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Where's everyone from?
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machineryelf
3688 posts

Re: Where's everyone from?
Jul 29, 2006, 17:05
Durham, England

quite a lovely place really and despite the protestations of York & Lincoln home of the best cathedral in England

also home to the great 7th century saint Cuthbert, and also for St Bede, famed for his Ecclesiastical History of the English People.

Literary connections continue through to the present day. Barnard Castle is home to children’s author Anne Fine, whose best known book was made into the hit film ‘Mrs Doubtfire’. Pat Barker, who set up home in Durham City, won the 1995 Booker Prize with ‘Ghost Road’, and Denise Robertson, writer and television agony aunt, has strong Seaham links.

William Shaw’s Academy at Bowes was immortalised by 19th century novelist Charles Dickens, who visited the County and used the institution as the basis for his notorious Dotheboys Hall in ‘Nicholas Nickleby’. Troubled poet Lord Byron married Anne Isabella Milbanke in 1815 at Seaham Hall, recently renovated to form an award-winning hotel and spa.

The late Sid Chaplin, a writer noted for his vivid portrayals of life in mining communities, was born in Shildon in 1916.

Children’s television enthusiasts will be interested to know that Anne Wood, creator of the cuddly Teletubbies, grew up in Spennymoor.

Those with an eye for folk songs will appreciate that Bobby Shafto came from the Spennymoor area - Whitworth Hall was the family home for 300 years. Also part of local musical and folk legend is the Lambton Worm, a serpent said to terrify the people of the County in days of yore.

Seaham produced much-feted international opera singer Sir Thomas Allen, who still returns to perform in his native county. Former Shadows guitarist Bruce Welch comes from Chester-le-Street, and Paddy McAloon, from Witton Gilbert, was the driving force behind pop band Prefab Sprout, who recorded the album ‘Langley Park to Memphis’.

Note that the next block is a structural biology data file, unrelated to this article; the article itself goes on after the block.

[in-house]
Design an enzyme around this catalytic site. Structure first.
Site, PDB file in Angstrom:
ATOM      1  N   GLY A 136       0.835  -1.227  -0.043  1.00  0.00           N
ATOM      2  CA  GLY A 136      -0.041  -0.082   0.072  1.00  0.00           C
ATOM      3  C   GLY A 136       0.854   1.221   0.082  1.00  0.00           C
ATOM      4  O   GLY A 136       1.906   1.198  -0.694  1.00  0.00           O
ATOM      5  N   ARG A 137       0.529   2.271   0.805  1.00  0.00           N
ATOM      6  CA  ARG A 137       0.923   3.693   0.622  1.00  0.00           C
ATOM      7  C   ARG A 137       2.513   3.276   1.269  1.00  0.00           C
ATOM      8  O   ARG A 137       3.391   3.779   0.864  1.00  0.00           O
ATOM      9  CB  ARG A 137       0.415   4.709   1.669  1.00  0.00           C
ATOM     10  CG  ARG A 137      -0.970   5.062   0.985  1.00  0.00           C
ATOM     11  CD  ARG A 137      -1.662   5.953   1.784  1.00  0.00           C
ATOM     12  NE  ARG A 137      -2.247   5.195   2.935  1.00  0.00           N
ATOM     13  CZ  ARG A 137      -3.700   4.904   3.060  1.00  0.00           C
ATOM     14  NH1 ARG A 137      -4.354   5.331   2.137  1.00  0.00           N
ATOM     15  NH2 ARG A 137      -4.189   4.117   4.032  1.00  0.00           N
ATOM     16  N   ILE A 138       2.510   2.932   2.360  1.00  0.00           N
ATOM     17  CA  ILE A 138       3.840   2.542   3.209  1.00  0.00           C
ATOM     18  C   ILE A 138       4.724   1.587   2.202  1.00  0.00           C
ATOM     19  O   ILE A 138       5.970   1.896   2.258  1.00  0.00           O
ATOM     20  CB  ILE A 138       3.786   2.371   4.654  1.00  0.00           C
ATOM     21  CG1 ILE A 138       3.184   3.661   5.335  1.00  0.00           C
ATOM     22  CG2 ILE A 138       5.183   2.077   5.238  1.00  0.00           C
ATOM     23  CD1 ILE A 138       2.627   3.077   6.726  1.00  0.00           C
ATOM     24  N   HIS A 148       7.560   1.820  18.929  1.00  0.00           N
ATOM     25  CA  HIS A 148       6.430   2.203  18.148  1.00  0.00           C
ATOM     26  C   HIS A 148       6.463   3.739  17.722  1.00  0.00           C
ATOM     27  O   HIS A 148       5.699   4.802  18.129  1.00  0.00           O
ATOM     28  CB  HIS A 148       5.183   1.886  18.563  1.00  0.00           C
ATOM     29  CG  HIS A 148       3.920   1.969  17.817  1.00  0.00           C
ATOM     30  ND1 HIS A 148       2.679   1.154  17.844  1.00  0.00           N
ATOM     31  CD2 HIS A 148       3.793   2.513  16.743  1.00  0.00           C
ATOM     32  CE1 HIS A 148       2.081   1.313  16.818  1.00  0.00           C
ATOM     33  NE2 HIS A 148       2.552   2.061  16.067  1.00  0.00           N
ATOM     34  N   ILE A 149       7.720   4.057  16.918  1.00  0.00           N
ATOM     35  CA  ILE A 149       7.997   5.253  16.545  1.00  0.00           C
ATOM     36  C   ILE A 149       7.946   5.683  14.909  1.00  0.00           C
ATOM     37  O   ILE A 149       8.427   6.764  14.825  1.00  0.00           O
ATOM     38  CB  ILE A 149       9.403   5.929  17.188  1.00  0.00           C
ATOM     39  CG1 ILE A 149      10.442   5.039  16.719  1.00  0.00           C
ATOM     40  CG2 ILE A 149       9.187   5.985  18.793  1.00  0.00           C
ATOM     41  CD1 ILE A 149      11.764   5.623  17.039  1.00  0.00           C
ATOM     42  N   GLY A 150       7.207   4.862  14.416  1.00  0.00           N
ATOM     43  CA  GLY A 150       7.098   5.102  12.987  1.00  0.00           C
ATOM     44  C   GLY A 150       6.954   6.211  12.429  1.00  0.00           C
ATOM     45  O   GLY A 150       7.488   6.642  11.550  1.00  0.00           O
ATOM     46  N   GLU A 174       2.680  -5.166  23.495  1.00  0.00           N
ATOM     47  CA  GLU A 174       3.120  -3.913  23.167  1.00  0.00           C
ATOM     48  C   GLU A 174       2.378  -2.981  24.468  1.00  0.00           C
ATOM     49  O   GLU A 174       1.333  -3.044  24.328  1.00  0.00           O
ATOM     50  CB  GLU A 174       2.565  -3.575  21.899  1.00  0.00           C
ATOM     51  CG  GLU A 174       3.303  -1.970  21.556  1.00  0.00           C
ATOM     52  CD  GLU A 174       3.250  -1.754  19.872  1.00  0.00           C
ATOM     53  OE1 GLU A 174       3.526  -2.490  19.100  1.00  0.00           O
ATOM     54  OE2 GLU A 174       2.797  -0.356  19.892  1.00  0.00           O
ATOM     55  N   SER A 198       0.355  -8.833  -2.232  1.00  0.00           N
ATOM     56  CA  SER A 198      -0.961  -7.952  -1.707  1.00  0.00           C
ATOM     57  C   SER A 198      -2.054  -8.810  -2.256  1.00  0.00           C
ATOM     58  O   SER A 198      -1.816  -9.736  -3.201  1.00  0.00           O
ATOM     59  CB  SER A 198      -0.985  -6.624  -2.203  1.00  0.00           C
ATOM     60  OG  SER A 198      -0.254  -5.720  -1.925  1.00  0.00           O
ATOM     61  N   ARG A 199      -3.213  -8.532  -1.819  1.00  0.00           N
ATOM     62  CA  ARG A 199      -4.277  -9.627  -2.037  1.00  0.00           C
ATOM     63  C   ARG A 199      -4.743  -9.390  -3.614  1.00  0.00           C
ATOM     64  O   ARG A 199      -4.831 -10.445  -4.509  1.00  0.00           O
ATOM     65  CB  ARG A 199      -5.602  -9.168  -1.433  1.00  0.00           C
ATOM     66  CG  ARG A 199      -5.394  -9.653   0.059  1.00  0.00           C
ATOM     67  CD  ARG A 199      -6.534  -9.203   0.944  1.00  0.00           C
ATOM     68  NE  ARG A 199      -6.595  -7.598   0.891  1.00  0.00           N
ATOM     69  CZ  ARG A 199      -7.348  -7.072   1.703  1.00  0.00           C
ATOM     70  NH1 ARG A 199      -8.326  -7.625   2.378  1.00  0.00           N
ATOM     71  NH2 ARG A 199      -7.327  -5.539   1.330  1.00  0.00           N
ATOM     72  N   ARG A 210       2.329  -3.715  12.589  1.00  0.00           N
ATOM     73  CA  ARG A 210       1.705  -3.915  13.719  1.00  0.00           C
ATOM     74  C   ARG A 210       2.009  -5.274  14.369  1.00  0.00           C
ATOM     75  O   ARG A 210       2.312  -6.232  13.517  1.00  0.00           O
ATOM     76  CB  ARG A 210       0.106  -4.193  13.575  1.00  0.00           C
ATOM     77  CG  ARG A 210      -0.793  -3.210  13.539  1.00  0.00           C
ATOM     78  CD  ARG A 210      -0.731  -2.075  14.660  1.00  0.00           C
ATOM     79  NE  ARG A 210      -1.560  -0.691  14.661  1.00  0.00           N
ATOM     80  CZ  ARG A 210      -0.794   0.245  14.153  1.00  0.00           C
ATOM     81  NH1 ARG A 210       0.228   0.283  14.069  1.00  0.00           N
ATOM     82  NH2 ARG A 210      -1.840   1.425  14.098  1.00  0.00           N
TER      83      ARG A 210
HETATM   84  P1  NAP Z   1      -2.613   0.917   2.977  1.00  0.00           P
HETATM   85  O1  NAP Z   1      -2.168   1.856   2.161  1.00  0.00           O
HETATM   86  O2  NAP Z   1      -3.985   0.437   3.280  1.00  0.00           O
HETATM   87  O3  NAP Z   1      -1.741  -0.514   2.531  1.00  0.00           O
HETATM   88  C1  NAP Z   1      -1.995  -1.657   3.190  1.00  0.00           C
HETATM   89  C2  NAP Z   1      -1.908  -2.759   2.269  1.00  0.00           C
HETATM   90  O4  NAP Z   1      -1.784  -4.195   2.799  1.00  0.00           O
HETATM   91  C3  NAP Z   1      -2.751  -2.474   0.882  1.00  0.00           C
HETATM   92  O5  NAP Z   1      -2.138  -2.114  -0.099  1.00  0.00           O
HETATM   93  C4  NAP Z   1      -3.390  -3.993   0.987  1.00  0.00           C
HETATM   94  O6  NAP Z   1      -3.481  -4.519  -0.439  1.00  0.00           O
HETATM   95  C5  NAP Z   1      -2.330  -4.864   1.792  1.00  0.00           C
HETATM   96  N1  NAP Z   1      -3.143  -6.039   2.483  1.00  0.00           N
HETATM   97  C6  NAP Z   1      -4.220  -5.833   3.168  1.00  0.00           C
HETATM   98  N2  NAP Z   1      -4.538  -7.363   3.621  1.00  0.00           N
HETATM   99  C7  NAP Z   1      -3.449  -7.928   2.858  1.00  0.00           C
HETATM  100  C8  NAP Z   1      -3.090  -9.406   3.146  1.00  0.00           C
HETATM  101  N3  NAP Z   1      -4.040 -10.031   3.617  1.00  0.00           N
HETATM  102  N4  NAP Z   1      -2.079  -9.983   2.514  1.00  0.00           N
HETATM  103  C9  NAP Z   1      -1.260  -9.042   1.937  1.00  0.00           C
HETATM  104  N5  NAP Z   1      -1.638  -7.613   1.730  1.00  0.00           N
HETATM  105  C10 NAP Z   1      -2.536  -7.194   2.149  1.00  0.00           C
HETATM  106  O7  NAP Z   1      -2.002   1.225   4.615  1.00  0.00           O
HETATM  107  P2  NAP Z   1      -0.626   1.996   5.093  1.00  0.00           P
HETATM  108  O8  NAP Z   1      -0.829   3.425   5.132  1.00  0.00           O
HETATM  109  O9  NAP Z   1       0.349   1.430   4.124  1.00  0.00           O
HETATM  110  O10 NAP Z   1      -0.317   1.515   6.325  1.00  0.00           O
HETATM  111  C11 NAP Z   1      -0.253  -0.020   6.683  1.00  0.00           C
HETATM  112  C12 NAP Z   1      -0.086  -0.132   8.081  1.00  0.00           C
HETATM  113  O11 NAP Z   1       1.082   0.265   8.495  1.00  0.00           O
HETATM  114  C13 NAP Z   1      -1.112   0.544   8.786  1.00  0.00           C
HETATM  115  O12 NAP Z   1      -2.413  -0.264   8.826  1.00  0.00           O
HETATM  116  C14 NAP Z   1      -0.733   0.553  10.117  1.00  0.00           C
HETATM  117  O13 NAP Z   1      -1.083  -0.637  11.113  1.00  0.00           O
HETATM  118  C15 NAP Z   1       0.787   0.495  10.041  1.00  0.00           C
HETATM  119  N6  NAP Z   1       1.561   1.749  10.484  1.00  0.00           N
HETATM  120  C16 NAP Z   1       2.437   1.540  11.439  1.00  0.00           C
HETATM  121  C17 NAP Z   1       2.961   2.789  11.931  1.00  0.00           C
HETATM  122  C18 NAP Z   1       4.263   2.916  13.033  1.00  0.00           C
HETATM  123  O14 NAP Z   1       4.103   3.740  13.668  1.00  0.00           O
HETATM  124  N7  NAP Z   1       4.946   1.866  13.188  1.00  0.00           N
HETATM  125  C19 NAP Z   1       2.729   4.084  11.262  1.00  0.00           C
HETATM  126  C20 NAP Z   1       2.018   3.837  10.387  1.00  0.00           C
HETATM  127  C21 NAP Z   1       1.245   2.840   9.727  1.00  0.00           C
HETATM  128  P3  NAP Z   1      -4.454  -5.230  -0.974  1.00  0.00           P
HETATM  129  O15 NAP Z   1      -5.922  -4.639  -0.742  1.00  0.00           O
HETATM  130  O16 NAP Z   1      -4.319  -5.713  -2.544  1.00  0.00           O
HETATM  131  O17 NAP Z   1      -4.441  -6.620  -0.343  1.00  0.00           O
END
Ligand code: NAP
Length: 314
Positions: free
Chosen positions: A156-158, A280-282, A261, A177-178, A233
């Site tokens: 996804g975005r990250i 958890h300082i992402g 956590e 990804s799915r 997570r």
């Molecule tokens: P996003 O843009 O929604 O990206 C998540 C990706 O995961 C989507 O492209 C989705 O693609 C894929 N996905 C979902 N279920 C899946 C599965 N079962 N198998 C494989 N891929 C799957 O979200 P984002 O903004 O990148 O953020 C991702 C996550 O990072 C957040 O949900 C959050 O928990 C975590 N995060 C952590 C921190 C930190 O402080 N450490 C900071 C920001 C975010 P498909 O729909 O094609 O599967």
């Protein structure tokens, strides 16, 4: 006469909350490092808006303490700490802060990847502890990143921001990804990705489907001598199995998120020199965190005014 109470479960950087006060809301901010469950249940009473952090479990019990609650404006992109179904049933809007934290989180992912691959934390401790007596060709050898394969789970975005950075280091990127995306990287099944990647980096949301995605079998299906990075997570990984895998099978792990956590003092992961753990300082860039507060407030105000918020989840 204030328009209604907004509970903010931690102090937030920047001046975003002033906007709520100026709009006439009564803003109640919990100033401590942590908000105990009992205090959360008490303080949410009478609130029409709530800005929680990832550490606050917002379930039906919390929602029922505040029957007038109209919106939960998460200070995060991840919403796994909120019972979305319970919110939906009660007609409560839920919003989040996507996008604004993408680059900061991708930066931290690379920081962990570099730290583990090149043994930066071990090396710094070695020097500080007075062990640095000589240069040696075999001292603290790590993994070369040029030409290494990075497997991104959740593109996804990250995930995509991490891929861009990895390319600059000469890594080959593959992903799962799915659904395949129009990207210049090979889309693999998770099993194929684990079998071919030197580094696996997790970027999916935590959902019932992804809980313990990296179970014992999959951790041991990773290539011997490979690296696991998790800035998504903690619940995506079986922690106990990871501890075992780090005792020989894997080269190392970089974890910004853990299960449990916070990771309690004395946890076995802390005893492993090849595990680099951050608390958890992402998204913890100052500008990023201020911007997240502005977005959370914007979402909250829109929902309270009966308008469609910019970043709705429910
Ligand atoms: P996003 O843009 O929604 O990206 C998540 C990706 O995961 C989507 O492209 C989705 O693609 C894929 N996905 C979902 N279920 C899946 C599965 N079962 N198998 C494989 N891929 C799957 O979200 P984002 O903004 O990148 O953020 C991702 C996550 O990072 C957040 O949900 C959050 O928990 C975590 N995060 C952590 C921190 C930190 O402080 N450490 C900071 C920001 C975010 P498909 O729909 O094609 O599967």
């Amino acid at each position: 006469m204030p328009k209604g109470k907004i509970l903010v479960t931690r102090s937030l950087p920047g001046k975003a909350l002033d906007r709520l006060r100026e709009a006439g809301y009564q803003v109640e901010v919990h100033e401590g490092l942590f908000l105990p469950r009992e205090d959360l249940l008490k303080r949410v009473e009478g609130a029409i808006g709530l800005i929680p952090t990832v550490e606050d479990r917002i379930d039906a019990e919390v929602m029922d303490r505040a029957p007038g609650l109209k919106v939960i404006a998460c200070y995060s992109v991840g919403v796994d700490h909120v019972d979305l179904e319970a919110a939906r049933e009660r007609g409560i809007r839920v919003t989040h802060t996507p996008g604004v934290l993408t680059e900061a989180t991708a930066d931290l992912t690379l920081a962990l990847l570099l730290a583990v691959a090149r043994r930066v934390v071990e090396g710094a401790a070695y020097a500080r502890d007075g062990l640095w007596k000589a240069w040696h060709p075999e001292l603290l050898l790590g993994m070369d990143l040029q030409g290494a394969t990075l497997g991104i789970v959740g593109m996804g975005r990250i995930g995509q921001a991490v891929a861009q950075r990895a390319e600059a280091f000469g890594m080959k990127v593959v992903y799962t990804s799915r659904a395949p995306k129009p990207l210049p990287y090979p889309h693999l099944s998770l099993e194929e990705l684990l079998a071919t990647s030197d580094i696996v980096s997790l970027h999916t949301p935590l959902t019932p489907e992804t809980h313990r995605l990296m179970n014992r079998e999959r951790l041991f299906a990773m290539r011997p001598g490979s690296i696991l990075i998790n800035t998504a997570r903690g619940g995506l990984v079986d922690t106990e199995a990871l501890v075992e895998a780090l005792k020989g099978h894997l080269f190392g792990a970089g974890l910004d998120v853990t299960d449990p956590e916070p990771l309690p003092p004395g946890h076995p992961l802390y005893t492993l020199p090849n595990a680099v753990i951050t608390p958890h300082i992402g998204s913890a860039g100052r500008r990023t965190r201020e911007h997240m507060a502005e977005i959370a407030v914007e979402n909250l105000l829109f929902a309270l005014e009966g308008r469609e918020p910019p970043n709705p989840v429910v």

Langley Park was the birthplace of Sir Bobby Robson, who might not have gone as far as Memphis but after a career taking in Ipswich Town, the England manager’s job, Barcelona, Sporting Lisbon, Porto, PSV Eindhoven and eventually Newcastle United he is certainly well travelled.

Durham has produced plenty of other sporting stars, including great post-war Test cricketer Colin Milburn, who first played the game for Chester-le-Street Cricket Club. The town also produced footballer Bryan Robson, who went on to captain his country and play for Manchester United, and Chris Waddle is a Tow Law lad made good in a career which saw him represent his country and play for clubs including Newcastle United and Marseille. Former England rugby union star Rob Andrew was educated at Barnard Castle.

When it comes to the Silver Screen, the County is proud of its links with celebrated comic Stan Laurel, who went to school in Bishop Auckland. Stan went on, of course, to team up with Oliver Hardy to create one of the greatest partnerships in the early years of film and Bishop Auckland has a loyal group of enthusiasts who stage regular events in his memory.

One of the best-known character actors to have come out of the County is Alun Armstrong, from Annfield Plain, who is acclaimed for roles in the social history television drama ‘Our Friends In The North’ and Napoleonic war drama ‘The Duellists’ directed by North-East film-maker Sir Ridley Scott.

From the world of fashion comes internationally renowned designer Bruce Oldfield, who was educated at Spennymoor Grammar School.

Timothy Hackworth’s contribution to the development of the railways has already been touched upon and County Durham folk have made an impact in all manner of endeavours. Cockfield was the birthplace of Jeremiah Dixon, who with Charles Mason surveyed the Mason-Dixon Line in the USA and gave his name to ‘Dixie’.

The County has strong environmental credentials: the Wear Valley is home to campaigner and television celebrity Professor David Bellamy and not far from Bowes, on the Durham-Cumbria border, lives Polar explorer and environmental campaigner Robert Swan.

On the political front there have been plenty of important figures with connections to the County, few more significant than the great 20th century MP Manny Shinwell and Prime Minister Anthony Eden. And, of course, Prime Minister Tony Blair is the MP for Sedgefield.

On a more sombre note one of Britain’s most infamous murderers came from the County. Born near Durham City, Mary Ann Cotton is reputed to have poisoned 17 friends and family, including many of her children and several husbands. She was hanged in 1873.
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